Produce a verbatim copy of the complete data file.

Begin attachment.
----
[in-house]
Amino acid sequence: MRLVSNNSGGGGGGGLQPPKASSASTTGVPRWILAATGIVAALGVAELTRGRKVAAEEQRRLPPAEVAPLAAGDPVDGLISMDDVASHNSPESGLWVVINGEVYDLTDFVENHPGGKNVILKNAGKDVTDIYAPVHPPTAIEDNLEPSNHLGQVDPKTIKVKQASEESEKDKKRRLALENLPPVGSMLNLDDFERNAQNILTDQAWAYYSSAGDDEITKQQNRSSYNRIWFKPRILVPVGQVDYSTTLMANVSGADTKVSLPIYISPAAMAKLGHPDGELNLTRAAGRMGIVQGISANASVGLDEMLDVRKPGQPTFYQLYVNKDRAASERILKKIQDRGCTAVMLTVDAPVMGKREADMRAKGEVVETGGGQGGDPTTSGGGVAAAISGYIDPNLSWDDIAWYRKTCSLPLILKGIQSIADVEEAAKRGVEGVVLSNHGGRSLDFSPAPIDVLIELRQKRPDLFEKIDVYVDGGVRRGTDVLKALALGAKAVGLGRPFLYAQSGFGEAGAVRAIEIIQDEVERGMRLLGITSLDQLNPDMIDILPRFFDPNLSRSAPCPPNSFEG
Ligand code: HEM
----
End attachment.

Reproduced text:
[in-house]
Amino acid sequence: MRLVSNNSGGGGGGGLQPPKASSASTTGVPRWILAATGIVAALGVAELTRGRKVAAEEQRRLPPAEVAPLAAGDPVDGLISMDDVASHNSPESGLWVVINGEVYDLTDFVENHPGGKNVILKNAGKDVTDIYAPVHPPTAIEDNLEPSNHLGQVDPKTIKVKQASEESEKDKKRRLALENLPPVGSMLNLDDFERNAQNILTDQAWAYYSSAGDDEITKQQNRSSYNRIWFKPRILVPVGQVDYSTTLMANVSGADTKVSLPIYISPAAMAKLGHPDGELNLTRAAGRMGIVQGISANASVGLDEMLDVRKPGQPTFYQLYVNKDRAASERILKKIQDRGCTAVMLTVDAPVMGKREADMRAKGEVVETGGGQGGDPTTSGGGVAAAISGYIDPNLSWDDIAWYRKTCSLPLILKGIQSIADVEEAAKRGVEGVVLSNHGGRSLDFSPAPIDVLIELRQKRPDLFEKIDVYVDGGVRRGTDVLKALALGAKAVGLGRPFLYAQSGFGEAGAVRAIEIIQDEVERGMRLLGITSLDQLNPDMIDILPRFFDPNLSRSAPCPPNSFEG
Ligand code: HEM